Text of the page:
That’s when anx­i­ety entered the room again. My mind start­ed rac­ing: ‘The appoint­ment for the heart screen­ing was at 8:15 am. Usu­al­ly I’m up and out some­where between 9:30 and 10:00 am know­ing all was clear.’ It only took a split sec­ond for all the hap­pi­ness and the free­dom of a care­free exis­tence to be sucked out of me. Grasp­ing at a last shred of hope I tried to tell myself that there could have been an emer­gency and the doc­tor could have been pulled away. Des­per­ate­ly try­ing to mute the oth­er voice telling me: ‘You must have been in there longer because they need­ed to make sure they got good images. The new doc­tor more than like­ly asked anoth­er senior col­legue in to have a look at it too.’

What’s on the otherside of the curtain?

source: flickr, by prefei­turi­ade­bc,
cropped the image

The next 35 min­utes felt like being trapped in lim­bo. Minute by minute I could feel help­less­ness, hope­less­ness and despair spread­ing through my body. It took every­thing with­in me to not let it turn into frus­tra­tion and anger as time crept by. Then the cur­tain, seper­at­ing my lit­tle safe area from doom­ing real­i­ty, was drawn back. In came the new doc­tor fol­lowed by some­one I knew well. I went numb.

Doc­tor K., who has known me for more than a decade and per­formed a lot of my heart scans, walked in with a mod­el of a heart in his hands. Before he could say any­thing I just said: ‘Oh no, anoth­er one?’ Vis­i­bly sad­dend he noded.

Despite feel­ing numb I also felt grat­i­tude. Grat­i­tude that some­one I knew and who was famil­iar with my med­ical his­to­ry was telling me the bad news. I was so thank­ful to have my part­ner with me too. I felt safe despite all the doom that came crash­ing down on me. Dr. K. sat on the low­er end of the bed, heart mod­el opened, try­ing to explain the find­ings to me, want­i­ng to make sure he answered all my questions. 

Negative-Thought Spiral

I was­n’t there though; my mind was still numb and blank, think­ing this can’t be true. The thoughts that first start­ed to cir­cle in my head were: ‘Not again. I don’t want to have to face this so short­ly before Christ­mas and New Years. I don’t want to have to deal with telling every­one the news. I’m so tired that news about me always involves my health and surg­eries… I’m so over hav­ing to deal with all of this. Period.’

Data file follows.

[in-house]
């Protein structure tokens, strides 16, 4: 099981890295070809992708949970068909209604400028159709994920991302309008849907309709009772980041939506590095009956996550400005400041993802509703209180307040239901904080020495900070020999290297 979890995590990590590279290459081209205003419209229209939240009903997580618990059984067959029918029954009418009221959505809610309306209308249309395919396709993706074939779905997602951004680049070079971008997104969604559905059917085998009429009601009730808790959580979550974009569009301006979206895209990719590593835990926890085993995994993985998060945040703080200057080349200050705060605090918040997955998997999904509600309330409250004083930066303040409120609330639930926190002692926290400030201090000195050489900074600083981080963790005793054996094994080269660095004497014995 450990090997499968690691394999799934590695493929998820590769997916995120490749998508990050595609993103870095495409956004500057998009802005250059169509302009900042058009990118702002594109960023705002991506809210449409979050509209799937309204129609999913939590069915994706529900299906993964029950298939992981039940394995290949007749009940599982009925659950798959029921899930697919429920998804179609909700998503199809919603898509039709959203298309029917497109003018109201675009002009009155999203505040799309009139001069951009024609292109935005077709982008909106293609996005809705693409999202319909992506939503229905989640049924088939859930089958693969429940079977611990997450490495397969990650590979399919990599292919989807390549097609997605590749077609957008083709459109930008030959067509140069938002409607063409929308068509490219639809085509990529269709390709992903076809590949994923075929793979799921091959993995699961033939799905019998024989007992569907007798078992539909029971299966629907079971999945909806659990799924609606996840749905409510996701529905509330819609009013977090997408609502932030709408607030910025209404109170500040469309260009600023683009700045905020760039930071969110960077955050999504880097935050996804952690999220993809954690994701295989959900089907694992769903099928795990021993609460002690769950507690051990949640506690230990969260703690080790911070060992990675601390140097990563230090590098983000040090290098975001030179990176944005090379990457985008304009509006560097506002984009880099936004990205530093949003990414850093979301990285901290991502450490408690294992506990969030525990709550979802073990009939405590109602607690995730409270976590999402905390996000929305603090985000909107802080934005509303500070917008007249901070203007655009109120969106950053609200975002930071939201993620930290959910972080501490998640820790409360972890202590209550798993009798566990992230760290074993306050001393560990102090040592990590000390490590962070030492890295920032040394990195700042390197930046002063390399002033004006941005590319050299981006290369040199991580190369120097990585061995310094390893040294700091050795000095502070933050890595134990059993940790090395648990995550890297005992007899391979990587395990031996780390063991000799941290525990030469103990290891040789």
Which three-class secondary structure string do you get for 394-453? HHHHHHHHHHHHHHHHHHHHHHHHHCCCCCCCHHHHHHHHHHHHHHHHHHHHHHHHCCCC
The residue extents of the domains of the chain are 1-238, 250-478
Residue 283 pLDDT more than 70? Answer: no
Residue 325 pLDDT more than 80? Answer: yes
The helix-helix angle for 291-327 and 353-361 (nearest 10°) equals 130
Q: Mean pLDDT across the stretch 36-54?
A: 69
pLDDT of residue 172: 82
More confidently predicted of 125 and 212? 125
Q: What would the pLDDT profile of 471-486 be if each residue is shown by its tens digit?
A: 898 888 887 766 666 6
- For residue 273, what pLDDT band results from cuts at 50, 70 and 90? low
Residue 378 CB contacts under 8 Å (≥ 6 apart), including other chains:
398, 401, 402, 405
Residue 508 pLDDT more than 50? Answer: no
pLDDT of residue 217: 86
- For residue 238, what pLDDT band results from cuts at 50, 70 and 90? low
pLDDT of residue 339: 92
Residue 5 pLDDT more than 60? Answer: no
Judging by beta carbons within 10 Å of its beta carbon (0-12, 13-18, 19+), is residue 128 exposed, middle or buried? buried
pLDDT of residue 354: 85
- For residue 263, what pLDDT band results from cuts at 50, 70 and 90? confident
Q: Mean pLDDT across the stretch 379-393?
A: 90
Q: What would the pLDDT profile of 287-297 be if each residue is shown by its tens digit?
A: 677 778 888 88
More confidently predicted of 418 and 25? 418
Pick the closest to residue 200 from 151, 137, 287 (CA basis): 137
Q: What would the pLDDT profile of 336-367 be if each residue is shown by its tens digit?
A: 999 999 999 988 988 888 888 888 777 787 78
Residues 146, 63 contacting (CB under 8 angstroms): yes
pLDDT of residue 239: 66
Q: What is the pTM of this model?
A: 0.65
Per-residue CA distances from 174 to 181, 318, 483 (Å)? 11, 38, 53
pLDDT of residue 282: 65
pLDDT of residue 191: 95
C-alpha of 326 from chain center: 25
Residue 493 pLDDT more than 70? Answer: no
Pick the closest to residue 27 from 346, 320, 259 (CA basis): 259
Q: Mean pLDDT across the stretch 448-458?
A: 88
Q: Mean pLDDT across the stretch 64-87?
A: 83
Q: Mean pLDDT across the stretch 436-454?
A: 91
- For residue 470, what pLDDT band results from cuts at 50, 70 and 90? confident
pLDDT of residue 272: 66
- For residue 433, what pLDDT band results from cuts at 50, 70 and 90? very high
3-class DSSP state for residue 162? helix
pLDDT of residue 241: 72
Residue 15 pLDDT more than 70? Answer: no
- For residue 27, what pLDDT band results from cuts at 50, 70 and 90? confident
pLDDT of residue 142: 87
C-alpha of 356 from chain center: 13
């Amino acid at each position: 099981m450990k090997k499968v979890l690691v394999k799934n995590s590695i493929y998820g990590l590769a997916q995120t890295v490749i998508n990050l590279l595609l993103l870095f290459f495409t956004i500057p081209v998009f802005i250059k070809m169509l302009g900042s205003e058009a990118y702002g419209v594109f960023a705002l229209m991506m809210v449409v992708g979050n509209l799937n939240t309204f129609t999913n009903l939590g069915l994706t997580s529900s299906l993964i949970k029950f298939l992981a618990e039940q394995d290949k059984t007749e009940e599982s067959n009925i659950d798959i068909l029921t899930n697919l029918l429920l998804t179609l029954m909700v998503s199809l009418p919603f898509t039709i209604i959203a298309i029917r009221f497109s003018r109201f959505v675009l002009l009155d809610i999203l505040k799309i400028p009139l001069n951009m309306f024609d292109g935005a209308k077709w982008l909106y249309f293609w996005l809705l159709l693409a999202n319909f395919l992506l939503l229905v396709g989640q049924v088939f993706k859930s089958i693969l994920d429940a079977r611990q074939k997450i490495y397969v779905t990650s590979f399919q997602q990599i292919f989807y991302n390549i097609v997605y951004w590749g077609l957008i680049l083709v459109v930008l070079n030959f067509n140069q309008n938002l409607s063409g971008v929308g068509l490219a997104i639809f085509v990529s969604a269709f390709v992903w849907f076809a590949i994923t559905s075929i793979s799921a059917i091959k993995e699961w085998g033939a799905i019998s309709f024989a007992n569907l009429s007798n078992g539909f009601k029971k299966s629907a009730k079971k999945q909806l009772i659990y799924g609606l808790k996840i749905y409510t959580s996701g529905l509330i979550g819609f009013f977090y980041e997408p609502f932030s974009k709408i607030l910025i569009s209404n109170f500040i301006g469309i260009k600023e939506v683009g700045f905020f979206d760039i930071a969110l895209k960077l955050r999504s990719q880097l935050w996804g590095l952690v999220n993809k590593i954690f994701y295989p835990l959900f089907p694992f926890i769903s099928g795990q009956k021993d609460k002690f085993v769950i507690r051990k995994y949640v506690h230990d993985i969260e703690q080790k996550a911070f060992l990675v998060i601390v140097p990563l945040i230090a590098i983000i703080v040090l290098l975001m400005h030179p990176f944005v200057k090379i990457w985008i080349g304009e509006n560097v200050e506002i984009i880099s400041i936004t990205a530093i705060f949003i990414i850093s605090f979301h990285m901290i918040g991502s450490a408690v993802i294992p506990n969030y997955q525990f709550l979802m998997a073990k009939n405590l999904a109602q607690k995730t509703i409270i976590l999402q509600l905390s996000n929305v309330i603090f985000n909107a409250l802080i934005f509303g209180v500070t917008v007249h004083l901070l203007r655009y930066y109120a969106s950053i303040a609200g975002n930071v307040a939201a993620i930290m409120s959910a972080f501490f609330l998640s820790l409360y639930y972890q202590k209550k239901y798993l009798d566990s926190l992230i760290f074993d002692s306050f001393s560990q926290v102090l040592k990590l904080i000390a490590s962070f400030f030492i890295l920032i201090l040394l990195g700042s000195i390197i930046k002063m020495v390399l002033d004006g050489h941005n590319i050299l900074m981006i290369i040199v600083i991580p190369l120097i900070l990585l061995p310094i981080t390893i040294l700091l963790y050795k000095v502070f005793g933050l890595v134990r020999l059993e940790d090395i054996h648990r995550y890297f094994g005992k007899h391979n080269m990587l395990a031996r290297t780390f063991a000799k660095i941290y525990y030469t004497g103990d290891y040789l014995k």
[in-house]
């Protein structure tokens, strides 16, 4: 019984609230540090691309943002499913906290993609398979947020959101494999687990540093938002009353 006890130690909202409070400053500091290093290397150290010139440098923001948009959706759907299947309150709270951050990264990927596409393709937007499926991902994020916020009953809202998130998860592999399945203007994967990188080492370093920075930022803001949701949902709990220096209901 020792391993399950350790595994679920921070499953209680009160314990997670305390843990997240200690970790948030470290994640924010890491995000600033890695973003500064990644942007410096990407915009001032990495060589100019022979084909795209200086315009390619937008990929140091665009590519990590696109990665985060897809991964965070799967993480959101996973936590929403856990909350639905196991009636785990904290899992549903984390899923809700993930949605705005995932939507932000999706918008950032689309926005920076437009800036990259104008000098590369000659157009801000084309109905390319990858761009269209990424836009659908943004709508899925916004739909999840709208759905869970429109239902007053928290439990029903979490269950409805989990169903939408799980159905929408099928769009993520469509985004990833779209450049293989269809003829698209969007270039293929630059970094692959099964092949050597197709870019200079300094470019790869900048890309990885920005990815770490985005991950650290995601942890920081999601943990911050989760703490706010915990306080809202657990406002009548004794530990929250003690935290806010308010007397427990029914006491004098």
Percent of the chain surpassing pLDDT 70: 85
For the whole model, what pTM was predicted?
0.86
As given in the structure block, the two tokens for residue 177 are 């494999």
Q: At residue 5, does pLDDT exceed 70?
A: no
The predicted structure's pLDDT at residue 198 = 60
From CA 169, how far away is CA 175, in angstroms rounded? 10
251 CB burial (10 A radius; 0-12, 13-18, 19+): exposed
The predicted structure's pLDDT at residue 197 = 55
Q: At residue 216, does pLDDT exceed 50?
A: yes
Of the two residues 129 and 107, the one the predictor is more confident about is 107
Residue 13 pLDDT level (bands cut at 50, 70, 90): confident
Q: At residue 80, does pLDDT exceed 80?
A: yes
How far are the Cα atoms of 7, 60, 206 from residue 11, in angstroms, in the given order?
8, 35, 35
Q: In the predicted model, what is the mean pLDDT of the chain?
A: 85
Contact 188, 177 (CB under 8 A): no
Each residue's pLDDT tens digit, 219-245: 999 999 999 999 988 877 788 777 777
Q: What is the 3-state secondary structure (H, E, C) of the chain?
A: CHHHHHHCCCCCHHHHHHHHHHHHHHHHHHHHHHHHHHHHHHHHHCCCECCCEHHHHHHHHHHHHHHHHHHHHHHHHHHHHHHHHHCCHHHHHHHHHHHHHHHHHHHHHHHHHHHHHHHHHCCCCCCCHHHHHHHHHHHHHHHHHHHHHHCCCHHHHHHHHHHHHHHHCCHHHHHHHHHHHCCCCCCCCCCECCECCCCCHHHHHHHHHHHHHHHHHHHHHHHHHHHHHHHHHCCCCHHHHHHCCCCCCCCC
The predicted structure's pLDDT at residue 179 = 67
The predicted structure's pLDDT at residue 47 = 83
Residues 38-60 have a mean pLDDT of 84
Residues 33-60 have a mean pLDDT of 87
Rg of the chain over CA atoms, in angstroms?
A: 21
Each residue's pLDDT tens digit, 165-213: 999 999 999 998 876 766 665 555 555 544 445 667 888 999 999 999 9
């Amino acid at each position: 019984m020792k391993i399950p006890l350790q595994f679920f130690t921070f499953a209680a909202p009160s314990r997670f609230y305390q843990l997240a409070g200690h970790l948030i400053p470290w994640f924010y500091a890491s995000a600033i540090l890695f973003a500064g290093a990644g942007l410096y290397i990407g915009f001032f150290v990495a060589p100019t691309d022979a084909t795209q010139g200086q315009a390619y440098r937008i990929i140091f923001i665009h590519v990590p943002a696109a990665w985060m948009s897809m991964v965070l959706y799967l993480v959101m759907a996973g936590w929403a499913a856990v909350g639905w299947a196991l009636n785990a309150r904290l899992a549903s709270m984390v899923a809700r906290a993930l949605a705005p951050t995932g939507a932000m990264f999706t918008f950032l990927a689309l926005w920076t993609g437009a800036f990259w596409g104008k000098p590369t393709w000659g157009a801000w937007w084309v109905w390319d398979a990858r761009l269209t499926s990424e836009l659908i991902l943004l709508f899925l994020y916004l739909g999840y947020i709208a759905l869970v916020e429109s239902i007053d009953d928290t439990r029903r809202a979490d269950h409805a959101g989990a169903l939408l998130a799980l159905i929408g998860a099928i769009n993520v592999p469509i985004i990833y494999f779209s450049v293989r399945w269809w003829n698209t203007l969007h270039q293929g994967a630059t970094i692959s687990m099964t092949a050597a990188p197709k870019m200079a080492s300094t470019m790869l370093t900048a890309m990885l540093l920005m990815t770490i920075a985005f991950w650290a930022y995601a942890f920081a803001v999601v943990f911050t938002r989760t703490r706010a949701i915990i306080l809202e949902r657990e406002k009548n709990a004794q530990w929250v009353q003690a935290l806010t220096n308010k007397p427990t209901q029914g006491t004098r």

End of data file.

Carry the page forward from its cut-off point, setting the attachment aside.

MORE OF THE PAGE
When Dr. K. said he want­ed me to have a car­diac MRI asap I man­aged to snap out of it. The urgency and con­cern were writ­ten all over his face. He knew the car­diac myx­o­ma had to come out. So did I. But then and there I was­n’t ready. I did­n’t want to have what would be my 3rd heart surgery. I knew of oth­ers in the Car­ney Com­plex Sup­port Group that did­n’t have to have surgery right away, as long as the tumor did­n’t grow anymore. 

Asking for a Second Opinion

So I asked him if he would be will­ing to con­tact the spe­cial­ists at the Nation­al Institue of Health (NIH) in the US and ask their opin­ion on how soon they thought the car­diac myx­o­ma had to be removed. I was so relieved when he agreed and said that he would, think­ing maybe… just maybe I would­n’t have to go in for surgery so soon. Every­thing in my body was scream­ing we need to get out of here, we need to move, to process and let every­thing sink in.

As I stepped out of the hos­pi­tal I fell into my part­ner’s arms and final­ly was able to cry. I faint­ly wished I could have my care­free exis­tence back and the free­dom that comes with not know­ing what I know but that is not the fate of those with a rare dis­ease. I knew the next cou­ple of days, weeks, months would be hard and just hoped I could keep myself from slip­ping into depression.

To be continued…